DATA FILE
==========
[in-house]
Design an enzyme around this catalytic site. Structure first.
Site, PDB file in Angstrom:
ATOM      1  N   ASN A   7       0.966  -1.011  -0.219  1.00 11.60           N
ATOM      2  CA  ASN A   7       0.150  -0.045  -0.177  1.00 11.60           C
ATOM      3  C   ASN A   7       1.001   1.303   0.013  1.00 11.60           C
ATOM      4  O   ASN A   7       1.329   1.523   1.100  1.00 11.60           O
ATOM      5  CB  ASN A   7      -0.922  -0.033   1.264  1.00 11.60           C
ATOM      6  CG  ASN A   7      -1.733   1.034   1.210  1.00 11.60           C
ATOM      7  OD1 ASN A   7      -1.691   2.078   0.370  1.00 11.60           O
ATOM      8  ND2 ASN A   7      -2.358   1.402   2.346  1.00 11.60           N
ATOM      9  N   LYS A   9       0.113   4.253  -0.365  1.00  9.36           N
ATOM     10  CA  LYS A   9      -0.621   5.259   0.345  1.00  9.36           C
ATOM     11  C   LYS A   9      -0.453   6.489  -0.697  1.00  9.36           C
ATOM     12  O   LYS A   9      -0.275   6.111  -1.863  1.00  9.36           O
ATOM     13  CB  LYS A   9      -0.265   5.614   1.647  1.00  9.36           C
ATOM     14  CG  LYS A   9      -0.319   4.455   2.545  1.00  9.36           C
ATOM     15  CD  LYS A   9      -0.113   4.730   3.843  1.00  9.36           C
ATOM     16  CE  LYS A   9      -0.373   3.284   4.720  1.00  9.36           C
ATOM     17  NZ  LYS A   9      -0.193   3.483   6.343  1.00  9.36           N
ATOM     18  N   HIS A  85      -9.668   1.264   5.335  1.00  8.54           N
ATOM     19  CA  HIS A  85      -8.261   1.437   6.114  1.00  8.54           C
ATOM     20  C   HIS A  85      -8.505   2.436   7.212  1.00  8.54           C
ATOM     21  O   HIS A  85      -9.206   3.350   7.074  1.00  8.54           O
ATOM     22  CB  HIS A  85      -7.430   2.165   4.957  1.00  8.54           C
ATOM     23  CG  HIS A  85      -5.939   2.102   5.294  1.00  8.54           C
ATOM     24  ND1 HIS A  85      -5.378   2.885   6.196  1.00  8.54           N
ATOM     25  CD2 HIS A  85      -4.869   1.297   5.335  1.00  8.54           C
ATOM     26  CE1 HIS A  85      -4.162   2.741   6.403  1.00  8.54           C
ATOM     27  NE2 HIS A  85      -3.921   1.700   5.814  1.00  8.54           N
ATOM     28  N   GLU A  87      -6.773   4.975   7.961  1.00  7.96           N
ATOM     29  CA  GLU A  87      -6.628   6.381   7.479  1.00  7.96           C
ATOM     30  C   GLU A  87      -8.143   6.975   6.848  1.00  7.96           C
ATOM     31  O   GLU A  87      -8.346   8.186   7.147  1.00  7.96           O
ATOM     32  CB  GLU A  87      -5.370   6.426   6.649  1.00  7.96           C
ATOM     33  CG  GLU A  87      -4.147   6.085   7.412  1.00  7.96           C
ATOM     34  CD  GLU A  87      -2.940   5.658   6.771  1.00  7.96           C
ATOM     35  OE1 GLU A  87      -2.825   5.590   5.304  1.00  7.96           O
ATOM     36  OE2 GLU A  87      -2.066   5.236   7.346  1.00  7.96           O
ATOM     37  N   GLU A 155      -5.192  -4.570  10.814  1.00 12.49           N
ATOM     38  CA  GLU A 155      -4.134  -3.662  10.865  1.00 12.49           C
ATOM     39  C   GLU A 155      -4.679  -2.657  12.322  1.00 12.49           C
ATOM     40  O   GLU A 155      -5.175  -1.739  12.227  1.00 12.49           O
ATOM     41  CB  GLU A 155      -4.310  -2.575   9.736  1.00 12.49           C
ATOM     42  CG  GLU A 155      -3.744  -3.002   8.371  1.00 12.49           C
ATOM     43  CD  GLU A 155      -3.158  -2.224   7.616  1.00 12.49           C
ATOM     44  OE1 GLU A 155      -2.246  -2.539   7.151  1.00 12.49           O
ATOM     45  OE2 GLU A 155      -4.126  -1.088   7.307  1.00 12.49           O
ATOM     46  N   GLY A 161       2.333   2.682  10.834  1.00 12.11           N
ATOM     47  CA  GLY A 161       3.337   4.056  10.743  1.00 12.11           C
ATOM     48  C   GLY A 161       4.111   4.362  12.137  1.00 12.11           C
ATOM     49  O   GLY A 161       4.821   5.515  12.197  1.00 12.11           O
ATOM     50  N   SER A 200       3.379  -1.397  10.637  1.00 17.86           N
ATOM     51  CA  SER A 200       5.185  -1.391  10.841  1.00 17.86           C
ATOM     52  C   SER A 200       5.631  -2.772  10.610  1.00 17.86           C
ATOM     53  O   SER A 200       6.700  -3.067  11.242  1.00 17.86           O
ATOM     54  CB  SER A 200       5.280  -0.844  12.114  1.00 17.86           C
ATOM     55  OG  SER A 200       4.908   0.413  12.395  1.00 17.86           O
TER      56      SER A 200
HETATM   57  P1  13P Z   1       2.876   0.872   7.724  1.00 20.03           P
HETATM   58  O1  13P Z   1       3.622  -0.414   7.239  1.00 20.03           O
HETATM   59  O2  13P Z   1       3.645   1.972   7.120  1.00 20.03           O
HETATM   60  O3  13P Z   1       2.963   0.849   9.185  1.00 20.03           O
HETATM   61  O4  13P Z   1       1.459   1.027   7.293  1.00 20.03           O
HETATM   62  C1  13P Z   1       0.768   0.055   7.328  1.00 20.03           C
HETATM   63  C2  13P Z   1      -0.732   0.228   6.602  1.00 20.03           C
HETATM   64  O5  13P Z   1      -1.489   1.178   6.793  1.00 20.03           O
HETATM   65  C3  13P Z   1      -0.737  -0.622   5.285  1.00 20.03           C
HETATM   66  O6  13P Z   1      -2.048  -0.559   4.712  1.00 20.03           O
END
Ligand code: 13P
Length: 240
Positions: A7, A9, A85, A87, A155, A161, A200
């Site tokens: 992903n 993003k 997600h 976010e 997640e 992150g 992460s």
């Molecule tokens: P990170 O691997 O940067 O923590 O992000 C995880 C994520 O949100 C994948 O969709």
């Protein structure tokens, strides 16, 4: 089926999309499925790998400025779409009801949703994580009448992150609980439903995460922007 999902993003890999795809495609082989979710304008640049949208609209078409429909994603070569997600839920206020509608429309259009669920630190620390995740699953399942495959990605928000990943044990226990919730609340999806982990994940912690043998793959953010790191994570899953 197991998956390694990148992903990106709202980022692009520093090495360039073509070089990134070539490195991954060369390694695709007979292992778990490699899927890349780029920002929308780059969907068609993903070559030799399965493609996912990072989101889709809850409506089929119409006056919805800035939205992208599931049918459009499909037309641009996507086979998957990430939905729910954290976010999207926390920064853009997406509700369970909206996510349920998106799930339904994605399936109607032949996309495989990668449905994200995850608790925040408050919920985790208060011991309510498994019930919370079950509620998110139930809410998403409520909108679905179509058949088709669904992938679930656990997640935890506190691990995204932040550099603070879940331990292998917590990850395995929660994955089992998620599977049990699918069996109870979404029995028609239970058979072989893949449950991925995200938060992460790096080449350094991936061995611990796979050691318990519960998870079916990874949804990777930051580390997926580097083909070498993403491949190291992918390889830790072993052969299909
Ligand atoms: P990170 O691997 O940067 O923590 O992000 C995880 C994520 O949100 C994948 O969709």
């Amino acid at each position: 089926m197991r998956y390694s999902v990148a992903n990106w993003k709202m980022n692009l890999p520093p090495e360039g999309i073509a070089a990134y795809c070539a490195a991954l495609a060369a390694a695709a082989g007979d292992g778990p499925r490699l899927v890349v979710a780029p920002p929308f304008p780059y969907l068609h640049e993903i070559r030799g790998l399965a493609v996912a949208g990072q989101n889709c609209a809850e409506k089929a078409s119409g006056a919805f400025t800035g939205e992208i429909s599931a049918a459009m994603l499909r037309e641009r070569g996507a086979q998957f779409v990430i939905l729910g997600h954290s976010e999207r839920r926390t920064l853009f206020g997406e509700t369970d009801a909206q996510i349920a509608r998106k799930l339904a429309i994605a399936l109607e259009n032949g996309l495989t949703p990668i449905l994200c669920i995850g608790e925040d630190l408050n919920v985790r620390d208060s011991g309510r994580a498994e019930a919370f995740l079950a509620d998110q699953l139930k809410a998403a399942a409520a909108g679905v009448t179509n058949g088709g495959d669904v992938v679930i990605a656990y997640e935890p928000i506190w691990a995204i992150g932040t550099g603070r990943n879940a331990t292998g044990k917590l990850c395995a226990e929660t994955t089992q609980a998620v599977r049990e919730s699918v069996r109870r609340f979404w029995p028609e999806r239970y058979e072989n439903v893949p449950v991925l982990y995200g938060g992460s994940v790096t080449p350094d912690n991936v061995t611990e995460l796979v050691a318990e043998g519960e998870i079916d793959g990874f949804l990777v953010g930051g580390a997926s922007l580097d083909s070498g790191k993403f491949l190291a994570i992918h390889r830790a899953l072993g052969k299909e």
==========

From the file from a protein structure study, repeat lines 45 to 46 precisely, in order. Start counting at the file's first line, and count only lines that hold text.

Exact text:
ATOM     42  CG  GLU A 155      -3.744  -3.002   8.371  1.00 12.49           C
ATOM     43  CD  GLU A 155      -3.158  -2.224   7.616  1.00 12.49           C